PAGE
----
The Daily Tar Heel

Serving the students and the University community since 1893

Tuesday September 21st

Column: The pros and cons of standardized tests

DTH Photo Illustration. This year's college application process has looked very different for current high school seniors, especially due to some schools waiving their standardized testing requirements.
Buy Photos DTH Photo Illustration. This year's college application process has looked very different for current high school seniors, especially due to some schools waiving their standardized testing requirements.

The College Board officially announced on Jan. 19 that it would discontinue SAT subject tests in the U.S., effective immediately. International students currently registered for a subject test can still take one until June 2021. 

This announcement is just the latest blow to standardized testing. Since the pandemic began, many schools have relaxed their testing requirements to compensate for the lack of testing dates and potential financial strain for families. The UNC System was among the schools that waived the testing requirements for students who were applying to the spring, summer and fall 2021 admissions cycles.

These developments have raised the question of whether admission tests like the SAT and ACT should be permanently ignored when considering future applicants.

Here are the pros and cons of standardized tests:


  • Fairness. Standardized tests are relatively fair in the sense that everyone will be taking the exact same exam on test day. Therefore, it hypothetically evens the playing field for students who come from schools with fewer resources.
  • Same standards. Whereas things like GPA can often be misleading or inflated, the SAT and ACT are graded based on national standards. This means that the metric for everyone's the same and there will be no bias, as a computer grades the tests.
  • An objective metric. Given that most schools evaluate applicants holistically, colleges rely on both subjective (i.e. essays, extracurriculars, interviews) and objective (i.e. tests, GPA) measures. Removing standardized testing would therefore deny colleges a huge part of the objective measures and force them to look even more at GPA.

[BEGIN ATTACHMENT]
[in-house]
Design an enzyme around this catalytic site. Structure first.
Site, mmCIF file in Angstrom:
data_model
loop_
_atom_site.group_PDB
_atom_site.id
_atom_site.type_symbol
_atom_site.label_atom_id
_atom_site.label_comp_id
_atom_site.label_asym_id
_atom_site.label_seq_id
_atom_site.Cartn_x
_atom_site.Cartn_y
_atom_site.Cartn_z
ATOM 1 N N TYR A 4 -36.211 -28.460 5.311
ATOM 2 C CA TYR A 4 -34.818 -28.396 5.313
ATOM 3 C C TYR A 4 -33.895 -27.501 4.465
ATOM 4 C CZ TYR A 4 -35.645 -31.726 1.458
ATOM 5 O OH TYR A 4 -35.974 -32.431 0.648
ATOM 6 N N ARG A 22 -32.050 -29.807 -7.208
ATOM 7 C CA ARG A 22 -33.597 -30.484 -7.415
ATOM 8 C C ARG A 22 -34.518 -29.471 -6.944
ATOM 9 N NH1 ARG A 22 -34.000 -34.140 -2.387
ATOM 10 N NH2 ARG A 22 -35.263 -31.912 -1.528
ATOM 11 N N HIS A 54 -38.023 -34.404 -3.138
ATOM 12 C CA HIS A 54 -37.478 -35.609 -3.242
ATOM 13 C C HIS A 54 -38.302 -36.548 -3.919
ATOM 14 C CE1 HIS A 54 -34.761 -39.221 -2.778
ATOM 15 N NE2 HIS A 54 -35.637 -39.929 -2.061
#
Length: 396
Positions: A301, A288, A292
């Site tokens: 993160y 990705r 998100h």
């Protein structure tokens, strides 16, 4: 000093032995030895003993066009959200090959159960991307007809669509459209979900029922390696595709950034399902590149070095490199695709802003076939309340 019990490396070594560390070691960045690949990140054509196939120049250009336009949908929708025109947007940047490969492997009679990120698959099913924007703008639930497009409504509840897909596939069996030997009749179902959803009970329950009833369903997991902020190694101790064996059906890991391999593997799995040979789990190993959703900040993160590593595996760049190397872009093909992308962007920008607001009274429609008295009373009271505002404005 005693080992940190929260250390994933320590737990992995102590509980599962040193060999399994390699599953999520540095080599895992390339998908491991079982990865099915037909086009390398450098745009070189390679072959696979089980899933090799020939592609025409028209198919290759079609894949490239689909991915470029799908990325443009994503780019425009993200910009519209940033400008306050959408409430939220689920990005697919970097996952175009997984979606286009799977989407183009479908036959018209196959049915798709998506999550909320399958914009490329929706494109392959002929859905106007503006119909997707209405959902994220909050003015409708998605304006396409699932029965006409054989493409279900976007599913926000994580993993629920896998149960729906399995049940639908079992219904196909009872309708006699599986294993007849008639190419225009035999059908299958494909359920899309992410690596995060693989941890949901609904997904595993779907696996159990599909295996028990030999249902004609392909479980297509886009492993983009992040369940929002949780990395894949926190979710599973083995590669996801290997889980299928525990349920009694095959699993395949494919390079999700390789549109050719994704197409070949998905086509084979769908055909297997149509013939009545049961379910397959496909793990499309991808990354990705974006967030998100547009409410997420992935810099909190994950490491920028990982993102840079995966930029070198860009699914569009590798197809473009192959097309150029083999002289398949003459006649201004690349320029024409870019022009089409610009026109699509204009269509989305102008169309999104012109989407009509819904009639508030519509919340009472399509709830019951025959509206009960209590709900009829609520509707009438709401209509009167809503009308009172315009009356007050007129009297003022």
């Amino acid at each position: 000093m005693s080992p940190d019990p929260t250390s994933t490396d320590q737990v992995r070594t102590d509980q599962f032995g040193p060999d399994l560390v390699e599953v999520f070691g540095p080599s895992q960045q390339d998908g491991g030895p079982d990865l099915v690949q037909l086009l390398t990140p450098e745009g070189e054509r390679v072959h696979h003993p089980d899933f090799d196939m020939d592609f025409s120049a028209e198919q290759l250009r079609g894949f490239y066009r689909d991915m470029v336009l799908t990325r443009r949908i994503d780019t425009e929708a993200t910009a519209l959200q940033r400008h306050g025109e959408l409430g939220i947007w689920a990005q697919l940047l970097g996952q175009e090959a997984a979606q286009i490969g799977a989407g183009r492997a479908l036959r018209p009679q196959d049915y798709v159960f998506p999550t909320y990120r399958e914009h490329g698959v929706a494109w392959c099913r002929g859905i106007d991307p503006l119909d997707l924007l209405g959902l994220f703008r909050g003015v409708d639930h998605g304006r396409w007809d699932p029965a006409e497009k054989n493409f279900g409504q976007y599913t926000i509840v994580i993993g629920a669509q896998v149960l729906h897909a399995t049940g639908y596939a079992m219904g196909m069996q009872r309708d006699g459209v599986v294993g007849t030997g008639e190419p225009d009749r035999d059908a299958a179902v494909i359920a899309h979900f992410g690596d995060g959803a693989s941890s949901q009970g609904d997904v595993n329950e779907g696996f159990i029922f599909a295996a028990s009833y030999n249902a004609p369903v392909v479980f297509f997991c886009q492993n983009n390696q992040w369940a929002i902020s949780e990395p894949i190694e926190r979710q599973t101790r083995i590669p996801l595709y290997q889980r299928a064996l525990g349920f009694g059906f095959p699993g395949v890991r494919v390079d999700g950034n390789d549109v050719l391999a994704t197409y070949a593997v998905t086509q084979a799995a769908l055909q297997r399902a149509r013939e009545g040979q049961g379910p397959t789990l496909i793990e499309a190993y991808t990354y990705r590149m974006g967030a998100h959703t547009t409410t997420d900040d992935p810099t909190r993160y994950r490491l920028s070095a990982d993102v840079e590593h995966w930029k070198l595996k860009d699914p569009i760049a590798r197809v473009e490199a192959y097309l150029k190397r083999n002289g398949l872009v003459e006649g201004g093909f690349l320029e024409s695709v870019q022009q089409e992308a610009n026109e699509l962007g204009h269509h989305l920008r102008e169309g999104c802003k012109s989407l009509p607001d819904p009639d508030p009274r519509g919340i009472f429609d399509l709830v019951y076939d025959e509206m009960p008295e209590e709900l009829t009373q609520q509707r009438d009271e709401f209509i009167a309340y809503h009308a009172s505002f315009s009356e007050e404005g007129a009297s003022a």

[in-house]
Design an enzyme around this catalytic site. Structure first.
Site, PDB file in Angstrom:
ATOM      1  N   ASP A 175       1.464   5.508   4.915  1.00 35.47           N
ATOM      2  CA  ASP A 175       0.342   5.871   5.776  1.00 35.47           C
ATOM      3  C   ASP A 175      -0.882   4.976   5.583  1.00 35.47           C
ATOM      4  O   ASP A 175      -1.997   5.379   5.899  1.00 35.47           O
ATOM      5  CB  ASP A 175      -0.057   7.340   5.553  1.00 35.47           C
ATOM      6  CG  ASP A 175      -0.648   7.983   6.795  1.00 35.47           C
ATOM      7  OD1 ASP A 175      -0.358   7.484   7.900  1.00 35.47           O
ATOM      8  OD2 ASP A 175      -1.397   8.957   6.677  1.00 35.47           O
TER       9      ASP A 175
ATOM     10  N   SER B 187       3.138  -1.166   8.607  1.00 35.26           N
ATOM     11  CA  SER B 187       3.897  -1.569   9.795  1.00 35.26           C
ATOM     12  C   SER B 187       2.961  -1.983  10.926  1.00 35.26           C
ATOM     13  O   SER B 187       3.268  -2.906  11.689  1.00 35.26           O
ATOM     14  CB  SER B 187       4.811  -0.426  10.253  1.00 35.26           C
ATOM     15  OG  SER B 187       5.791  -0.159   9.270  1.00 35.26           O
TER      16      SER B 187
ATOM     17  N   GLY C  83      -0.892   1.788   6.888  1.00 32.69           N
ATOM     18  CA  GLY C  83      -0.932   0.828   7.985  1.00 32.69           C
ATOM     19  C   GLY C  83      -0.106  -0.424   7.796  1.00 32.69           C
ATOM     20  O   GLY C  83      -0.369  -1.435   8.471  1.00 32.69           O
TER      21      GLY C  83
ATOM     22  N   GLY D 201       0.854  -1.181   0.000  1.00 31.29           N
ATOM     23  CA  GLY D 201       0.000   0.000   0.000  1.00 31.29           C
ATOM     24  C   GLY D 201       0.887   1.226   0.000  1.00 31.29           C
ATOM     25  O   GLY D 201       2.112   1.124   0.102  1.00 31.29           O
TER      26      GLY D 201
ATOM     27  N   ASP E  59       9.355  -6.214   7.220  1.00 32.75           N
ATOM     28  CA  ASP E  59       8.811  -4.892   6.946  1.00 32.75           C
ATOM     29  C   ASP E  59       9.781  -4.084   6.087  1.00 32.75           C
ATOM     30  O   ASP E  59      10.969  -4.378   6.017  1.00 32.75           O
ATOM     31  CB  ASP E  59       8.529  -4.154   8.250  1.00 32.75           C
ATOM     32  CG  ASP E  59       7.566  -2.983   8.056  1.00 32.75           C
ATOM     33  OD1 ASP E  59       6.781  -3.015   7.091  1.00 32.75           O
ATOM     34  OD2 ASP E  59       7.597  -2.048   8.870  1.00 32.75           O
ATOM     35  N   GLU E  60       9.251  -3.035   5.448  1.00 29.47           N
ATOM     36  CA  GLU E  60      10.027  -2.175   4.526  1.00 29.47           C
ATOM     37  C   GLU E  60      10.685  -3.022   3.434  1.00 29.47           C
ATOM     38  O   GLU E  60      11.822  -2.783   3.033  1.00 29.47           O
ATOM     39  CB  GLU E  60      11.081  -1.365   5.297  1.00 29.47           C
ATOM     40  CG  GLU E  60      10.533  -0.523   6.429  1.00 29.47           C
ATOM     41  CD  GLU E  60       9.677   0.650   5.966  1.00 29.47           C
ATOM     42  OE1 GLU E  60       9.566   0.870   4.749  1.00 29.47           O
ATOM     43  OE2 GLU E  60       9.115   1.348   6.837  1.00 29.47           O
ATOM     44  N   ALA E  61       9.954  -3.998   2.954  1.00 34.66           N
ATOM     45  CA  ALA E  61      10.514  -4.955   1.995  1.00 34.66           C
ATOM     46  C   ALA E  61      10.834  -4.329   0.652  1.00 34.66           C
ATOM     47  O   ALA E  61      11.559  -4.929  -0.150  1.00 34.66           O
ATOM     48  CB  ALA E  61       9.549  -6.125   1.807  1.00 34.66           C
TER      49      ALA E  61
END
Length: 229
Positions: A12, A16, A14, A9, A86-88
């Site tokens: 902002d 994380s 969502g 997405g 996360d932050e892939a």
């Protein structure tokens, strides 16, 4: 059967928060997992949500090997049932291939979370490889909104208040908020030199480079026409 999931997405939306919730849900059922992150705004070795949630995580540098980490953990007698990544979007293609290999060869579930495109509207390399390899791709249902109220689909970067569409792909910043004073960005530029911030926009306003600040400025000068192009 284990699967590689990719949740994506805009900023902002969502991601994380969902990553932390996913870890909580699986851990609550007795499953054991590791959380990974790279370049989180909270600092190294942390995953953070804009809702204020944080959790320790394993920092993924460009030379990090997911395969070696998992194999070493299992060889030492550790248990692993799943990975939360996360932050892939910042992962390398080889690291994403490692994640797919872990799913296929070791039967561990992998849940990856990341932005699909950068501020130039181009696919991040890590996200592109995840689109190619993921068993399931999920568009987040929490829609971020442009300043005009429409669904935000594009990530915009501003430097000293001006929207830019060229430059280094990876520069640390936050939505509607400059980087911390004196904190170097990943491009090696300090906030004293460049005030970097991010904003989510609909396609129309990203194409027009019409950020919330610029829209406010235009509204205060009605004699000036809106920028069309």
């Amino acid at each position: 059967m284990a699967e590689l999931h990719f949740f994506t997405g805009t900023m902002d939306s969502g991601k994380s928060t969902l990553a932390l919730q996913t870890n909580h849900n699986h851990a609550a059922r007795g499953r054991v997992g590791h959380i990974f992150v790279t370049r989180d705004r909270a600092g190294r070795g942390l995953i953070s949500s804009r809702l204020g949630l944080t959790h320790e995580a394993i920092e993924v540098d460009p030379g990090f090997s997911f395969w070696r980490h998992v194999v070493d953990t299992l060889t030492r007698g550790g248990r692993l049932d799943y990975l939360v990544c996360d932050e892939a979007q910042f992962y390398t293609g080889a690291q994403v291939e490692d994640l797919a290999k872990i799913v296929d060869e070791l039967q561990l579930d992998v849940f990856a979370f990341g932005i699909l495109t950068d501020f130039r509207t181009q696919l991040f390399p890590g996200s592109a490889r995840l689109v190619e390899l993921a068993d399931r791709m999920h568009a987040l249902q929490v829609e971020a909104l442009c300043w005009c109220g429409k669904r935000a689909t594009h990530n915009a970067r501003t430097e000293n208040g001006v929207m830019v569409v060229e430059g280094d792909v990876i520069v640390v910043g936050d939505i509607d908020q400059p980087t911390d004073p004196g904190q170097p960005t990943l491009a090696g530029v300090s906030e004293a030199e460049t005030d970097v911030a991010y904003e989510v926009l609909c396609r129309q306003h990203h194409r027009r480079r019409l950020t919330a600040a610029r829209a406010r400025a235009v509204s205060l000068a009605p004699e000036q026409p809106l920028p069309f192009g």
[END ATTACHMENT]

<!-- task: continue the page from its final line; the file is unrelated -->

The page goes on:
• Doesn’t consider external factors. Standardized tests don’t take into account the external factors of the student taking the exam. For example, a student from a wealthy family can afford more study resources or even private tutors. Likewise, students from wealthier families can afford to take the tests multiple times to get a good "superscore," while less wealthy students might only be able to take it once or twice.
  • Not necessarily representative. A single test is just that: one test. Some students who might not be good test takers could struggle with the SAT or ACT, but perform excellently in class. Therefore, standardized tests don’t necessarily paint an accurate picture of a student’s true academic prowess.
  • Costly. According to the College Board website, the SAT registration fee is $52. This may not seem like a lot, but the costs can definitely add up for many families and while waivers do exist, the student will have to apply separately for it, which adds even more stress. Even for wealthier families, paying $52 each time for the test can become annoying, especially when the family will later have to pay for college application fees.

Ultimately, there isn’t any obvious solution to the question of whether standardized testing should continue to be taken into account for college applications. 

Even if schools were to go test-optional, then what? 

It wouldn’t automatically make it easier to get into college, if anything, it might make it even more difficult because it would be even harder for admissions officers to differentiate between applicants. Almost everyone has roughly the same extracurriculars, and most UNC students are close to the top of their class, so their GPAs will be mostly similar as well. 

Furthermore, going test-optional might significantly increase the number of applications to schools, which, once again, makes it harder to differentiate yourself from others. When considering all of these things, standardized tests might truly embody the phrase “a necessary evil."

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